Sometimes, people create resources without understanding the impact behind it. With this budget alert and automatic disconnection of the solution, we avoid a big impact and everyone understands.

Another example Antoine shared was how L’Oréal prevents unexpected spikes in costs from getting out of hand. Every new cloud resource is always set up as a separate project and required to have a set monthly consumption budget using Google Cloud Billing budgets. However, these budgets are monitored daily and if a project exceeds a defined threshold, it is automatically flagged and disconnected. 

“You have to go through a technical editing process to figure out why a project was disconnected,” Antoine explained. “Was there a leak of data? Was there an attack? Was there a misunderstanding on how to implement a project? Sometimes, people create resources without understanding the impact behind it. With this budget alert and automatic disconnection of the solution, we avoid a big impact and everyone understands.” 

Once the problem has been identified, discussed, and resolved, the project is reconnected and monitored closely for an agreed amount of time to ensure that everything is aligned. 

Ballooning costs is just one of the unforeseen pitfalls of cloud adoption, especially when people aren’t properly educated about the costs of their activities or controls aren’t put in place to prevent overprovisioning. Antoine saw this firsthand when the company began consolidating all its internal and external data from across the business into L’Oréal’s Beauty Tech Data Platform, which was built on Google Cloud’s enterprise data warehouse.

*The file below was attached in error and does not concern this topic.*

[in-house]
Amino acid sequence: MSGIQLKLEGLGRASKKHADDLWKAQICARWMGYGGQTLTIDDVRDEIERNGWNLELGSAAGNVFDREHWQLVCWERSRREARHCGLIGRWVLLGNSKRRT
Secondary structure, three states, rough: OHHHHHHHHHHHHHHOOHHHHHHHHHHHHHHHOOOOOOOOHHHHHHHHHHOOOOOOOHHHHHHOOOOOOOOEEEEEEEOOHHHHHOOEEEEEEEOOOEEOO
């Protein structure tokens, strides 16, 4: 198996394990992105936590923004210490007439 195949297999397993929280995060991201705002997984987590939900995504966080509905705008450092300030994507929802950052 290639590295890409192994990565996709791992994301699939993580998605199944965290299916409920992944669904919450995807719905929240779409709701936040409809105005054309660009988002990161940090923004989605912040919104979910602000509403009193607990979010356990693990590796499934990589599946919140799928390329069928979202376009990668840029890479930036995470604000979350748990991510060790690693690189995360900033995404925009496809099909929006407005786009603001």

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“We discovered that the more data you have, the higher the cost when you make a mistake because your mistake isn’t on a megabyte — it’s on a terabyte or a petabyte,” he said. “We were having problems with queries that cost thousands of euros. When you run that query multiple times a day, you can imagine how big the impact is.” 

However, Antoine said having the proof to show that optimizing queries could significantly reduce costs — from thousands down to around ten — was key in gaining the approval and budget allocation to spend time and hire more support to optimize queries to reduce latency and cost. 

FinOps is essential for AI

These same principles are helpful for defining future investments, such as generative AI. In particular, Antoine cautioned that many organizations get caught up in the buzz and jump in without considering all the reasons to make an investment. 

“The challenge with AI and machine learning is that it’s not yet next-generation in terms of consumption of resources,” Antoine said. “We have to be sure when people need a Ferrari to do something simple, they really need a Ferrari or maybe they only need a bike. If a bike is enough, we will use a bike.” 

Antoine’s final piece of advice to organizations adopting FinOps models is to evaluate cloud providers based on how well they align with your own values, culture, and way of working.  L’Oréal’s commitment to innovation means adopting solutions that allow them to fail fast, implement new ideas, and support other future initiatives, such as sustainability. 

“Innovation is at the heart of L’Oréal, and it’s the same for Google,” Antoine said. “We know we can fail, but we fail fast. We fail, we start another project. If we don’t innovate, the world will be the same in the next 20, 50, or 100 years, which is not a problem at all, but is it interesting? I’m not sure.”